Use of fibers in childhood constipation treatment: systematic review with meta-analysis

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Objective: To gather current evidence on the use of fiber for constipation treatment in pediatric patients. Source of data: Systematic review with meta-analysis of studies identified through Pubmed, Embase, LILACS and Cochrane databases published up to 2016. Inclusion criteria: Randomized controlled trials; patients aged between 1 and 18 years and diagnosed with functional constipation receiving or not drug treatment for constipation; articles published in Portuguese, English, Spanish, French, and German in journals accessible to the researchers. Synthesis of data: A total of 2963 articles were retrieved during the search and, after adequate evaluation, nine articles were considered relevant to the study objective. A total of 680 children were included, of whom 45% were boys. No statistical significance was observed for bowel movement frequency, stool consistency, therapeutic success, fecal incontinence, and abdominal pain with fiber intake in patients with childhood constipation. These results should be interpreted with care due to the high clinical heterogeneity between the studies and the methodological limitation of the articles selected for analysis. Conclusions: There is a scarcity of qualified studies to evaluate fiber supplementation in the treatment of childhood constipation, generating a low degree of confidence in estimating the real effect of this intervention on this population. Today, according to the current literature, adequate fiber intake should only be recommended for functional constipation, and fiber supplementation should not be prescribed in the diet of constipated children and adolescents.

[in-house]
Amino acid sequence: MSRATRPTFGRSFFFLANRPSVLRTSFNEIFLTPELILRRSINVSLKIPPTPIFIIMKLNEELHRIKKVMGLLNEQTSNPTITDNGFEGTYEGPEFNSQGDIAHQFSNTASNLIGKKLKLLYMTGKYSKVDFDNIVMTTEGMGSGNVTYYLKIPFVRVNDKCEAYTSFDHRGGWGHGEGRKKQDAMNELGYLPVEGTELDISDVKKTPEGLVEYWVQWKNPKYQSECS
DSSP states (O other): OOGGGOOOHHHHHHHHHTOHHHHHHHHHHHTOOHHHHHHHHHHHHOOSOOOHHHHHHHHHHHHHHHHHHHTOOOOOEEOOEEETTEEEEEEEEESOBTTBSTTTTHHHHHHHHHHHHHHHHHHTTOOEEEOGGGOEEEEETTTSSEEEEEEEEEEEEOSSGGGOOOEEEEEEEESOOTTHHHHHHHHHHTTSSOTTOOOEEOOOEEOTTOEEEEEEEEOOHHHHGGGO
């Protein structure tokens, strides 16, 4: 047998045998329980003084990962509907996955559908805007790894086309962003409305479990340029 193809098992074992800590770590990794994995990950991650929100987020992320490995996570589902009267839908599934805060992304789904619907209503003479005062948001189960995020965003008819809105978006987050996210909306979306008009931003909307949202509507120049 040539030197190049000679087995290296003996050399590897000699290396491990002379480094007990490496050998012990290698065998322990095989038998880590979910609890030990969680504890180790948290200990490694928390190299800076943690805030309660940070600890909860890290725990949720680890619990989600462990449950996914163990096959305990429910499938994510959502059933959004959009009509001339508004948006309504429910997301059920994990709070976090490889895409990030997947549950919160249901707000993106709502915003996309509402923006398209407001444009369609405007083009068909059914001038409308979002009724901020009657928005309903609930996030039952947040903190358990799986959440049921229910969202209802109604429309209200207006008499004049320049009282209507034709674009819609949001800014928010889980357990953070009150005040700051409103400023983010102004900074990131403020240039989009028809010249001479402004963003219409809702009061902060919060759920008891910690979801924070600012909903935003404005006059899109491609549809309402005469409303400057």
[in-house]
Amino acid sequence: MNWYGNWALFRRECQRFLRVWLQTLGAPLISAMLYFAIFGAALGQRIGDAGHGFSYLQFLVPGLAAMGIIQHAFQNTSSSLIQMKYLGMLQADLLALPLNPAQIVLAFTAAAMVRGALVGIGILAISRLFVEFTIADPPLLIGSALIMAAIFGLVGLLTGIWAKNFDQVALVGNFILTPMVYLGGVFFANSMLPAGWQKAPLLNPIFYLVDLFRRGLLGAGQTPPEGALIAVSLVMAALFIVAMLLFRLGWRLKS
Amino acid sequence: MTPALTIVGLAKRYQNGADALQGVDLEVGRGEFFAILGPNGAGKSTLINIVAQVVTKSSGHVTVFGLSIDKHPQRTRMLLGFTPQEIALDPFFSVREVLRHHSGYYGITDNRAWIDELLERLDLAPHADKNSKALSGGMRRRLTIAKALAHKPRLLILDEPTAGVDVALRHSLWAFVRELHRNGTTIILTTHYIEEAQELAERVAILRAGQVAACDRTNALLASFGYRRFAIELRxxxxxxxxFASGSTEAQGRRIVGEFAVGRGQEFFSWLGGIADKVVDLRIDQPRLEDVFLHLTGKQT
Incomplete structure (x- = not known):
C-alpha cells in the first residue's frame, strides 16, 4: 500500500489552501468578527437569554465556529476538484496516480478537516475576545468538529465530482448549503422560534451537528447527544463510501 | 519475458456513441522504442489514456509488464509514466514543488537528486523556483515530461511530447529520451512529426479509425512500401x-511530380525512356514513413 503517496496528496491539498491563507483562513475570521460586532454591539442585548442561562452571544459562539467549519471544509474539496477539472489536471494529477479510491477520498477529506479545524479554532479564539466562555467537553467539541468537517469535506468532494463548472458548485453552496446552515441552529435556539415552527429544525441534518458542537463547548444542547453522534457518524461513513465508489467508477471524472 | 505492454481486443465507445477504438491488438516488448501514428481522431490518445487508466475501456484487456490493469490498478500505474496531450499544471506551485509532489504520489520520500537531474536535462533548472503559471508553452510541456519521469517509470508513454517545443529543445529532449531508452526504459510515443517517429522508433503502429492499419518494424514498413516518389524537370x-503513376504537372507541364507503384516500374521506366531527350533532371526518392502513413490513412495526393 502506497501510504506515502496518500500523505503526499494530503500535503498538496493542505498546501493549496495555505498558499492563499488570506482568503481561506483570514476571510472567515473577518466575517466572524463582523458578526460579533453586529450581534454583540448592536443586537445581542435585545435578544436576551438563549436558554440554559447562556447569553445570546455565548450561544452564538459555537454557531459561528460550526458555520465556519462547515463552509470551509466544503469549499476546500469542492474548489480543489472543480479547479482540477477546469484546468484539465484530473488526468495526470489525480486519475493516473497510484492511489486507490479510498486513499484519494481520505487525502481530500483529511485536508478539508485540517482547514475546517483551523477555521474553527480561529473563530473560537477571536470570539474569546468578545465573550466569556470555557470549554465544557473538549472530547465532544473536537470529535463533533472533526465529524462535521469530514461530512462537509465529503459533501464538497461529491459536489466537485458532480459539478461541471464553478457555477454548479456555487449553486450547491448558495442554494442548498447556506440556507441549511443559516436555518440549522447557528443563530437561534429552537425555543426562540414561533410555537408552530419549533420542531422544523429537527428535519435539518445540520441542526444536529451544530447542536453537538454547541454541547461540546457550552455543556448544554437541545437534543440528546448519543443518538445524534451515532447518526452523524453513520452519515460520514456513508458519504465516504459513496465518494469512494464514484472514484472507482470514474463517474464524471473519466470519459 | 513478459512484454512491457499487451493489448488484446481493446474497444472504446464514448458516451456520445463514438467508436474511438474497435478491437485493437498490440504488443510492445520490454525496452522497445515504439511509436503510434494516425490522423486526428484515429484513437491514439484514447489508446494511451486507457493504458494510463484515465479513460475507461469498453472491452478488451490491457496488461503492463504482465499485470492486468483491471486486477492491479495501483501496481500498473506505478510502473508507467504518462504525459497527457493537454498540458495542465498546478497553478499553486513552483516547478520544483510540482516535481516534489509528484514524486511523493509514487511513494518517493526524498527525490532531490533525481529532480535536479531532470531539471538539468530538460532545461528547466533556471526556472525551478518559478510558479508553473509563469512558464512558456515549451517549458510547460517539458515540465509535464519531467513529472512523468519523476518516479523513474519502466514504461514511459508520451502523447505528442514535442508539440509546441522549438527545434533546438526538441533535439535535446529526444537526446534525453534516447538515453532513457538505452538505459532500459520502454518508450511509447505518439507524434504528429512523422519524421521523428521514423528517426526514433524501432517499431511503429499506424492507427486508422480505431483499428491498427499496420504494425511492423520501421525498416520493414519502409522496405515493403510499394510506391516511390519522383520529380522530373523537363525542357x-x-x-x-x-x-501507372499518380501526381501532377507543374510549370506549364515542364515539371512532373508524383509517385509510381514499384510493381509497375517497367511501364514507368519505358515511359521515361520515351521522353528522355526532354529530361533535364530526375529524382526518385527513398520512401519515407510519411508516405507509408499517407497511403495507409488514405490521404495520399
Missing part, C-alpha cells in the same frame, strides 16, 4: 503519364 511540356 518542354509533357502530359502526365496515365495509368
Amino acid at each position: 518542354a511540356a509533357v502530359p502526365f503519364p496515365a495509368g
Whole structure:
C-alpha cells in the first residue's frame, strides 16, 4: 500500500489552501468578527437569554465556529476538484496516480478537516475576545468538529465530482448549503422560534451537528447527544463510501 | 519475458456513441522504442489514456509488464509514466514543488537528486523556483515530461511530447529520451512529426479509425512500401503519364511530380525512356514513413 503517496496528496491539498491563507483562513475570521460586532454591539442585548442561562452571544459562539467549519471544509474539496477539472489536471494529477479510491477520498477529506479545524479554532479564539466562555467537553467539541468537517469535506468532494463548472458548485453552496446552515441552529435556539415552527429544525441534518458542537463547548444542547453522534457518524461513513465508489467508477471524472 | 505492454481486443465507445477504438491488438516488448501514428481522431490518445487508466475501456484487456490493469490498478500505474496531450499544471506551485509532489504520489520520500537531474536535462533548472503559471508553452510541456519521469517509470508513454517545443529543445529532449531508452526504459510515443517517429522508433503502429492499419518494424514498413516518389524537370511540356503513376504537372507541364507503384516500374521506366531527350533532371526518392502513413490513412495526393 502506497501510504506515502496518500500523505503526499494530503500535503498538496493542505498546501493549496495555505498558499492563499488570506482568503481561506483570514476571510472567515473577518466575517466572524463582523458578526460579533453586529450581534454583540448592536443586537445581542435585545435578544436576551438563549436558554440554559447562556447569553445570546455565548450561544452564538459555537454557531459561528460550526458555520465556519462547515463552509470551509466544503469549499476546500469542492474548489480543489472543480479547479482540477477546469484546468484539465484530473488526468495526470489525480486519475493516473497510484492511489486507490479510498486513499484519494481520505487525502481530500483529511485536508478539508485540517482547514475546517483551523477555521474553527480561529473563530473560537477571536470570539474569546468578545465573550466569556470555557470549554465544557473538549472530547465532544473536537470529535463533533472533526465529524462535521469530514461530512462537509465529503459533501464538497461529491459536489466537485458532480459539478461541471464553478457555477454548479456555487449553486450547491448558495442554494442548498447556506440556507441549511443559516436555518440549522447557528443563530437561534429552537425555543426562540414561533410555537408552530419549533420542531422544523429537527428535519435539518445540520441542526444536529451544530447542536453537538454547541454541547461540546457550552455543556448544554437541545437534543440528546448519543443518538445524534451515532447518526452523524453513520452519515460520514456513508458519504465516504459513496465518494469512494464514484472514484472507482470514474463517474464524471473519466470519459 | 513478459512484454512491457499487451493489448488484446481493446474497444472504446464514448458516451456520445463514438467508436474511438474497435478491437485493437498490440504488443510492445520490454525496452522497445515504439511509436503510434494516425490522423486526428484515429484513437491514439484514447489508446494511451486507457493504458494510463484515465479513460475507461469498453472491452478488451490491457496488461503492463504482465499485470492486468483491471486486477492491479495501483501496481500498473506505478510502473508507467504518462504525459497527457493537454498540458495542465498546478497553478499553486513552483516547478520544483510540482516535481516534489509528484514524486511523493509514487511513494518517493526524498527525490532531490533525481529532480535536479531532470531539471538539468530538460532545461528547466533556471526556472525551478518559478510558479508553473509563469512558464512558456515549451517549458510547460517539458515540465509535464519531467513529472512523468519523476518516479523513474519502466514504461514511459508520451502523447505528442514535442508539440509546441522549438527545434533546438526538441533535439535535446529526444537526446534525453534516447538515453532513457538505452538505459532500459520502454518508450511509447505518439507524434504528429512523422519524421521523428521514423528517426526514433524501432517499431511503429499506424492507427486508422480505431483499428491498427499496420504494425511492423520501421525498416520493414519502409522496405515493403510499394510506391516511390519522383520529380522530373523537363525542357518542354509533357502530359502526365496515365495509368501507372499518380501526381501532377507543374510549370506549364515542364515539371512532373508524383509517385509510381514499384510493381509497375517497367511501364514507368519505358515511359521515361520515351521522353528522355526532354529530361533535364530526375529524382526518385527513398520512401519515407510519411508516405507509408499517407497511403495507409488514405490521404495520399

Piccoli de Mello, P., Eifer, D. A., & Daniel de Mello, E. (2018, September 1). Use of fibers in childhood constipation treatment: systematic review with meta-analysis. Jornal de Pediatria. Elsevier Editora Ltda.

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